Such complaints were not new but had increased significantly over the past year, as more and more seasoned NBC News reporters (following Mr. Russert’s lead) had started playing significant roles on the cable-news channel. “After years of ignoring the place, they came into the tenement and decided that they needed to clean up the building,” said one source familiar with the inner workings of the newsroom.
At Café Milano, the bosses listened. But for the time being, nothing changed—that is, until this past weekend, when Mr. Griffin confirmed news of the switch to reporters at The New York Times and The Washington Post.
Afterward, on Monday morning, the MSNBC offices in New York and Washington were buzzing. There was no widespread, internal e-mail explaining the philosophy behind the change. The decision, everyone seemed to believe, was the inevitable result, after many accumulated grievances, of a situation that had got out of control and needed a correction. Theories about the timing and most salient reason for the change varied.
While questions lingered, MSNBC staffers thought back to the previous Friday, when, in retrospect, it should have clear that some change was afoot. According to one network source, on Friday, Sept. 5, on the heels of Mr. Olbermann’ impromptu criticism of a RNC video about the Sept. 11 attacks, MSNBC managers began spreading the word among staff, producers, reporters, and anchors of a new set of marching orders. For the previous four days, the McCain surrogates had been busy pounding the media for bias against their candidate, and many in TV news were feeling defensive. One week earlier, on Friday, Aug. 29, during a breaking news segment about Sarah Palin’s nomination as Senator McCain’s vice presidential candidate, MSNBC producers had run a graphic at the bottom of the screen asking, “How many houses does Palin add to the Republican ticket?”
Now word was spreading at MSNBC day side: Edge was out, caution was in. “Every day-side anchor, every producer, everybody was told the word on high is that no more edge,” said our source. “Be especially careful not to inject any sort of opinion or ridicule or anything like that. Play it straight down the middle. If you say something is not true, you have to say who’s claiming that it’s not true. The managers were saying, ‘Go for boring. That’s all we care about right now, be boring.’”
Over the past two weeks, during its round-the-clock coverage of the Democratic and Republican national conventions, the cable news network had been anything but boring.
The drama began on Sunday, Aug. 24, at a panel discussion in Denver among Sunday political talk show hosts. There Pennsylvania Governor Ed Rendell asserted that throughout the primaries MSNBC had favored Barack Obama over his preferred candidate Senator Hillary Clinton. Afterward, Tom Brokaw defended NBC News reporters but acknowledged feeling that certain anchor-pundits had crossed a line. “I think Keith has gone too far,” said Mr. Brokaw. “I think Chris has gone too far.”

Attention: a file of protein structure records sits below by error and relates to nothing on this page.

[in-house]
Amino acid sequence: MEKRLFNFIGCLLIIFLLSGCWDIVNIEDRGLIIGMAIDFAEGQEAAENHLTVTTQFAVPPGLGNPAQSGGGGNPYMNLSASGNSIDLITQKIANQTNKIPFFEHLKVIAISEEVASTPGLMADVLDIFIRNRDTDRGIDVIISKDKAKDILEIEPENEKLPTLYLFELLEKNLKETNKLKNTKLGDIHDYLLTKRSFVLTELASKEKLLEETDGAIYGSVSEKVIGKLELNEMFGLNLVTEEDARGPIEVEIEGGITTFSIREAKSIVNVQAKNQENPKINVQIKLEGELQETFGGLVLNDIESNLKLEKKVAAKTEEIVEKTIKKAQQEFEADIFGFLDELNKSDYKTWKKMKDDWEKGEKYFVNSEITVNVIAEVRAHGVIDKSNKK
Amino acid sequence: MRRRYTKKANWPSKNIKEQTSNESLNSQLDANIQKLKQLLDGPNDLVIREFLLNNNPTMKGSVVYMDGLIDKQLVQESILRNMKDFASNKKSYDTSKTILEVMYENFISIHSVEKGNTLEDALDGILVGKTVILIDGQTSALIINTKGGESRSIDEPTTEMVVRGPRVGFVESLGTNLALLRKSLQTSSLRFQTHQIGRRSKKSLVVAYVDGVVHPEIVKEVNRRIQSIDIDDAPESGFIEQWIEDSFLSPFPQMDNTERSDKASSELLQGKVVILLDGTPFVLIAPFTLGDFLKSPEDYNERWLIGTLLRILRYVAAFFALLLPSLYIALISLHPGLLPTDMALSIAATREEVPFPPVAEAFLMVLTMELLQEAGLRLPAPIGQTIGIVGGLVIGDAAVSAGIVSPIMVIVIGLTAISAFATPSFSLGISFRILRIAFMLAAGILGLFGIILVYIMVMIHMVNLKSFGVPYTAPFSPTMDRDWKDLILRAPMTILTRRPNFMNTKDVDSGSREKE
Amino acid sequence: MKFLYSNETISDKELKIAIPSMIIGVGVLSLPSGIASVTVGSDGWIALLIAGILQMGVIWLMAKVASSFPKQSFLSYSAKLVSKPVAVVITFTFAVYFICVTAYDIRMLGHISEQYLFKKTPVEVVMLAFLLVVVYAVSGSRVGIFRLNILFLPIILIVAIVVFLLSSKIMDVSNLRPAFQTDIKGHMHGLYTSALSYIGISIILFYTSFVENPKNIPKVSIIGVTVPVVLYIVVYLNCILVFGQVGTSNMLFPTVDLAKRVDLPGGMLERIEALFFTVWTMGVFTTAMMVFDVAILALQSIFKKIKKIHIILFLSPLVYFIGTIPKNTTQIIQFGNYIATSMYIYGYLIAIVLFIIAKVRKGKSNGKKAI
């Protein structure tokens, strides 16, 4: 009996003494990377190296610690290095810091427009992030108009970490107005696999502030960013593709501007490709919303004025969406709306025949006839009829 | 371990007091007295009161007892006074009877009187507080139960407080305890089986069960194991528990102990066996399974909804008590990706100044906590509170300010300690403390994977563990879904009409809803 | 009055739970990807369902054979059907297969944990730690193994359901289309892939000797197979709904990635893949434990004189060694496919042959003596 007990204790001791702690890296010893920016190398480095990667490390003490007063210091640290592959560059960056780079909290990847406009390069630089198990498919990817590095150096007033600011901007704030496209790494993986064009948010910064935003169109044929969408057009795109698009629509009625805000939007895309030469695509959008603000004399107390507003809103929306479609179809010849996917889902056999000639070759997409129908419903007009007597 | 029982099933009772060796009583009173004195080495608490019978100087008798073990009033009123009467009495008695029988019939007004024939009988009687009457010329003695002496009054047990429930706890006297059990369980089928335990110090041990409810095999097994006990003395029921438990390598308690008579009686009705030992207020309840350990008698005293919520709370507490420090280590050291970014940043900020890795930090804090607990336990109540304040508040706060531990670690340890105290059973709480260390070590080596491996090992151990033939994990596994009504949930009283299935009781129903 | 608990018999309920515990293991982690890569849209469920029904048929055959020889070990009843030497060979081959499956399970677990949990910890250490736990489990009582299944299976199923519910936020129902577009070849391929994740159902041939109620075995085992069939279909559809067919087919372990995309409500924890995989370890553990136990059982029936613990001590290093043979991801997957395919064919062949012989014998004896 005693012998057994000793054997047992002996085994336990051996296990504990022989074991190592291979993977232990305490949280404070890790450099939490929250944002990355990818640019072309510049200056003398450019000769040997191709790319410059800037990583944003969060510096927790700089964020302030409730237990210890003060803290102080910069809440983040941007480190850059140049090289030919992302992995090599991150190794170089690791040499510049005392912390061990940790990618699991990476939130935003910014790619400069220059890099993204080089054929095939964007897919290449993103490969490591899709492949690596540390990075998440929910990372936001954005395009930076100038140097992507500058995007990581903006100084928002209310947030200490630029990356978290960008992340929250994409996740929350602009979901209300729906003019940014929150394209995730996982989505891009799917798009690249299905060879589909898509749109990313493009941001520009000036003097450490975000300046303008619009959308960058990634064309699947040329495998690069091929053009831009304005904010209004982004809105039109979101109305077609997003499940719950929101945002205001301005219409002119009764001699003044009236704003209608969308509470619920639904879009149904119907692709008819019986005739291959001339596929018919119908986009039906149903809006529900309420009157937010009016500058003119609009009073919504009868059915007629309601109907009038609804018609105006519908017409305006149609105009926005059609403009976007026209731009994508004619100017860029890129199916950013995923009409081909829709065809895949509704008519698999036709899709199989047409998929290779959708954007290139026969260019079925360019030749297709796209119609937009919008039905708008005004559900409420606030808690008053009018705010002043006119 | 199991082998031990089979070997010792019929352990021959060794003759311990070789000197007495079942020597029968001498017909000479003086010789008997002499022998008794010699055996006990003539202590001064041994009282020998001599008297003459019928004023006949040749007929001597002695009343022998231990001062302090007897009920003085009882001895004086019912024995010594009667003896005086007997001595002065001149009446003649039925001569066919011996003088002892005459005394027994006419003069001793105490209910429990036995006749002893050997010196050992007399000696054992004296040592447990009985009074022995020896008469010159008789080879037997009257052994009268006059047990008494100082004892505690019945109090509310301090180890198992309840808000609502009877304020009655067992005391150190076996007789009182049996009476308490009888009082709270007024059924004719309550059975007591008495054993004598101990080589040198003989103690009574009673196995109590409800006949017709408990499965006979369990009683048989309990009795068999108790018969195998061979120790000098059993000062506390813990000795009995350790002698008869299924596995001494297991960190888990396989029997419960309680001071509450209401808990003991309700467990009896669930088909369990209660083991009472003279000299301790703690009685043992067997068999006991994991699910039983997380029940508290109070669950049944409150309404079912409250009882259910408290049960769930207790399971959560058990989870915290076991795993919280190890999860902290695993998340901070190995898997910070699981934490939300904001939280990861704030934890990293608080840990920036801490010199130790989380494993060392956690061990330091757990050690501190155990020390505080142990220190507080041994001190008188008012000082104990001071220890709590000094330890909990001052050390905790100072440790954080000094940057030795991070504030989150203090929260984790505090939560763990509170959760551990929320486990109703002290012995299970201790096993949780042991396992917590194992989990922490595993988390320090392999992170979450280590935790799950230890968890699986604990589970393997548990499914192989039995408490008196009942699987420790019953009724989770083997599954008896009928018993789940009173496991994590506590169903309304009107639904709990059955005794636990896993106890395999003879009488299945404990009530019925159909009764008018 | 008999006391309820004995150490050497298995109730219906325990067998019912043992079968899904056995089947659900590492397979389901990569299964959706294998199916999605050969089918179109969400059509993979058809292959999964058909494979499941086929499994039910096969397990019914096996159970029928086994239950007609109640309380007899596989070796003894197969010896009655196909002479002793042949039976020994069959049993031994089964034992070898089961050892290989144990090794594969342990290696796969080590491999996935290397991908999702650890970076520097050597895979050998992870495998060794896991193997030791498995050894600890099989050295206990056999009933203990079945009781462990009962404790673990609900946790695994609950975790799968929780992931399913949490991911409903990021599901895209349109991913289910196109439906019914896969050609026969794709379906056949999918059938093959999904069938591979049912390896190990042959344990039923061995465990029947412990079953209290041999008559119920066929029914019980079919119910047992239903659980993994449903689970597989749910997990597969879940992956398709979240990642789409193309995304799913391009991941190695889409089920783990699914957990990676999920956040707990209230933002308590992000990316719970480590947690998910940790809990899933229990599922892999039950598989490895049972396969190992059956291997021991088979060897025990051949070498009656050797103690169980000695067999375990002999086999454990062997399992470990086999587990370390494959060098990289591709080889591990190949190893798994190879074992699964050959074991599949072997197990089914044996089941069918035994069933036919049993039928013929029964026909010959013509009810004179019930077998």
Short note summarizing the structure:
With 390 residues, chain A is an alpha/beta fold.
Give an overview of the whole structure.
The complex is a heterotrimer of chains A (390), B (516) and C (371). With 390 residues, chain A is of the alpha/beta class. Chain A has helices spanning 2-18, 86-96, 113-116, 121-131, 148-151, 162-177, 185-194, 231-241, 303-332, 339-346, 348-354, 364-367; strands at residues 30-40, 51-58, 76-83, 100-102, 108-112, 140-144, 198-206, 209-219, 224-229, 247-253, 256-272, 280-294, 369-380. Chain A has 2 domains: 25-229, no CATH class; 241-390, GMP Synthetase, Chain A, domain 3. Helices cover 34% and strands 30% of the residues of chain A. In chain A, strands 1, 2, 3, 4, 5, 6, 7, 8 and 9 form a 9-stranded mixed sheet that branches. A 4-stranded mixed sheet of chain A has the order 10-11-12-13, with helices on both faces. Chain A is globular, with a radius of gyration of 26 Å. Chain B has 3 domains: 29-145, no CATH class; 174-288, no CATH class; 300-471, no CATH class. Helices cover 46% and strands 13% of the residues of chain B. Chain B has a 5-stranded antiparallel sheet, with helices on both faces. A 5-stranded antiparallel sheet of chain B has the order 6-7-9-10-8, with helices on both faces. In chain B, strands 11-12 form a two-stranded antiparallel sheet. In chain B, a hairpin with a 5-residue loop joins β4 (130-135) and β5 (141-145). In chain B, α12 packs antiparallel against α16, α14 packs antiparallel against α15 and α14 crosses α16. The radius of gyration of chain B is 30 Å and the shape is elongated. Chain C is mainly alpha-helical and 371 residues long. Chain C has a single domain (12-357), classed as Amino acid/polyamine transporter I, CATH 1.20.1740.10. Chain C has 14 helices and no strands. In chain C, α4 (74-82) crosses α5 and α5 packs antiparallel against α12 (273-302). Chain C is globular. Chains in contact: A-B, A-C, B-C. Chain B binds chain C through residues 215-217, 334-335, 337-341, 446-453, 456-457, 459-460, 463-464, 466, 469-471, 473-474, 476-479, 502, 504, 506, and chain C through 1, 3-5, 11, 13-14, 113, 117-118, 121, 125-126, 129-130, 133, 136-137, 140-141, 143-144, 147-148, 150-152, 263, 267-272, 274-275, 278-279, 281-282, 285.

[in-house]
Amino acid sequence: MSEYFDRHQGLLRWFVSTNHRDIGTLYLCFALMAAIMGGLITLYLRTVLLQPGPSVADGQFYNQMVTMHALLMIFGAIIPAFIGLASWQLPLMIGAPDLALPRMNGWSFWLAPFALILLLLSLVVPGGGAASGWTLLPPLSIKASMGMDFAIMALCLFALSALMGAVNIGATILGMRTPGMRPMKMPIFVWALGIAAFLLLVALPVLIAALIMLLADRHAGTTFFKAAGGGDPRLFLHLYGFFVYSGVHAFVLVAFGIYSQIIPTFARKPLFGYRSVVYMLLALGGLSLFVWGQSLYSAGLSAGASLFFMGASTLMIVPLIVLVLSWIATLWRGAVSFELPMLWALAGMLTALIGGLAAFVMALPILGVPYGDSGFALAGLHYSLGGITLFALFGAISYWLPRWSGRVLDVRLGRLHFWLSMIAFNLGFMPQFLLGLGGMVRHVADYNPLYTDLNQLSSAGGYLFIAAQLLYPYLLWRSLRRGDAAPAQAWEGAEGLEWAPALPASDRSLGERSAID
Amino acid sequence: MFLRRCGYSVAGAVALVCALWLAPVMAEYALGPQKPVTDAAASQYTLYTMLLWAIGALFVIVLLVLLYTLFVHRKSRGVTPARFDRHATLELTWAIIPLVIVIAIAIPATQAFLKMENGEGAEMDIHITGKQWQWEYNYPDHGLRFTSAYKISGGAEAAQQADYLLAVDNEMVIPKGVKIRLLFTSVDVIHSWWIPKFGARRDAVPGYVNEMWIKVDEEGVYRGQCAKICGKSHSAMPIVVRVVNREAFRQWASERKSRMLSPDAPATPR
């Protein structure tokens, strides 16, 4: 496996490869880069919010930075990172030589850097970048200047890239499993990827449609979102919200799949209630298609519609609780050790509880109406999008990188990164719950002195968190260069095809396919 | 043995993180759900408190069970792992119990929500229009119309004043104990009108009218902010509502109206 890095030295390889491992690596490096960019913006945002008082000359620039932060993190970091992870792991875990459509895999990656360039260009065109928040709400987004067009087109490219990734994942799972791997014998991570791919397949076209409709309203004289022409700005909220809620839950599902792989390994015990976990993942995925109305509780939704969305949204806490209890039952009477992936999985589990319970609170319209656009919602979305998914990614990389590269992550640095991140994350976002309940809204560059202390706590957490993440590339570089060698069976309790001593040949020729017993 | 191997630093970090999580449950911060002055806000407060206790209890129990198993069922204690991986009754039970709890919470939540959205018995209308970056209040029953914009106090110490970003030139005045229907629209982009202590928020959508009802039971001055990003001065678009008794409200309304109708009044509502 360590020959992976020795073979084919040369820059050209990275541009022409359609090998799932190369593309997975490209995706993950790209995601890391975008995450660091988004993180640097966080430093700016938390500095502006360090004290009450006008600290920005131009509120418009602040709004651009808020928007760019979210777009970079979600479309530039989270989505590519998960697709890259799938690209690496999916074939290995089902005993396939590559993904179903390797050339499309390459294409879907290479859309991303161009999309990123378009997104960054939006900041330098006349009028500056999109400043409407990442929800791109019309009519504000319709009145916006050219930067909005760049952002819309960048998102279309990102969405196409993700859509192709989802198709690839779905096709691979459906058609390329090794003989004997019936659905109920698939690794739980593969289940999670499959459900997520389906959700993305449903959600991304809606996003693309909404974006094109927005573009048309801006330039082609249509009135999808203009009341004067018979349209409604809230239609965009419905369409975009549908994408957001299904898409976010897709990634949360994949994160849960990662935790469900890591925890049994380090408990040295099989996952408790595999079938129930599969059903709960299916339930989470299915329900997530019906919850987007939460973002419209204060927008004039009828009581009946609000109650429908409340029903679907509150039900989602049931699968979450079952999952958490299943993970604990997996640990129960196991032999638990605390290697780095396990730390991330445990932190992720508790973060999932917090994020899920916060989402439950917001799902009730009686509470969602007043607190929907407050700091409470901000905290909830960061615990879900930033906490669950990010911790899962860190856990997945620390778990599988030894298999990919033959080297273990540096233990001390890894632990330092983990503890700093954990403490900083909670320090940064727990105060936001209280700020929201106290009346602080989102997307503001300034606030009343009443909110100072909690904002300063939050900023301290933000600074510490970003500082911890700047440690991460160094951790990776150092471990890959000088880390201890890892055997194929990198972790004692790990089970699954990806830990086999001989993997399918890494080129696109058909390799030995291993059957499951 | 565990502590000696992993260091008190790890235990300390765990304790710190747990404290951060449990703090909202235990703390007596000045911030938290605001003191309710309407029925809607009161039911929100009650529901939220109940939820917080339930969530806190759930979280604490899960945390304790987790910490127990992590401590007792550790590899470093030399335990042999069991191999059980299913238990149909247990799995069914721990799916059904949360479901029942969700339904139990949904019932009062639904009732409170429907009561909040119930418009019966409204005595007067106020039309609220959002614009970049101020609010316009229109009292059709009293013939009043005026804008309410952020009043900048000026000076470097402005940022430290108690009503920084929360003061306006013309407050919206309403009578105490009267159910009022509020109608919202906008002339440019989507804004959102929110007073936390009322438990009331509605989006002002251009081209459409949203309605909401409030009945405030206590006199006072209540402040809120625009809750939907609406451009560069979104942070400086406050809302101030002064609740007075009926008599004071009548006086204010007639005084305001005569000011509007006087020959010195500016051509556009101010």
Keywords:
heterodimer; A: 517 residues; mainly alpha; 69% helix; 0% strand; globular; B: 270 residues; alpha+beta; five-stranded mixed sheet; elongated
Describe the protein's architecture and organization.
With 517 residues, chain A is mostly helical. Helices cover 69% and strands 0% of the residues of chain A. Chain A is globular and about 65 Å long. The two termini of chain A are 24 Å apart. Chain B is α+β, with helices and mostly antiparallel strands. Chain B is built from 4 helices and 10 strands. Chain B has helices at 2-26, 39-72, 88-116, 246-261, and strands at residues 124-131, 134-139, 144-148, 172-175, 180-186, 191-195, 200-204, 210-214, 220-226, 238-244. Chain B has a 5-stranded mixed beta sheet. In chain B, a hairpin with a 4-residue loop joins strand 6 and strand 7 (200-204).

Behind the scenes, Mr. Brokaw had been saying the same thing to NBC bosses for months. He could accept that cable news was all about opinion. But shouldn’t you at least try and balance opinions from both sides of the political aisle? “After Russert died and Brokaw appointed himself the custodian of the Russert legend, he began beating on Steve Capus and Jeff Zucker and Jeff Immelt that MSNBC was an embarrassment,” said the aforementioned source familiar with the inner workings of the newsroom. “It wasn’t a platform that Brokaw found dignified enough for his presence.”
Elsewhere in Denver, Mr. Matthews was also attracting unwanted headlines. On Tuesday morning, Mr. Matthews, who is considering a run for Senate in Pennsylvania next year, attended a morning meeting of the Pennsylvania delegates. There he ran into a reporter for the Philadelphia Gay News, who asked Mr. Matthews for his position on gay marriage. The interview did not exactly go smoothly. “In other words, you won’t answer the question,” said the reporter at one point.
“I can answer it the way I have, which is any fucking way I want,” replied Mr. Matthews. News of Mr. Matthews’ testy response quickly ricocheted around the Internet.
In the meantime, on several occasions, tension between MSNBC anchors had spilled out onto the screen. Clips of the dust-ups—Mr. Olbermann accusing Joe Scarborough of shoveling Republican talking points, Mr. Scarborough losing his temper at David Shuster on Morning Joe, Mr. Olbermann trying to shut down NBC News conservative analyst Mike Murphy, etc.—quickly made their way onto TVNewser, where everyone in the industry eagerly consumed the morsels of friction. In the middle of the week, a source at the network told Politico that the situation at the channel was about to explode. MSNBC president Mr. Griffin downplayed the tension, telling Politico, “Do I want them to have squabbles? No. But I understand they’re human.”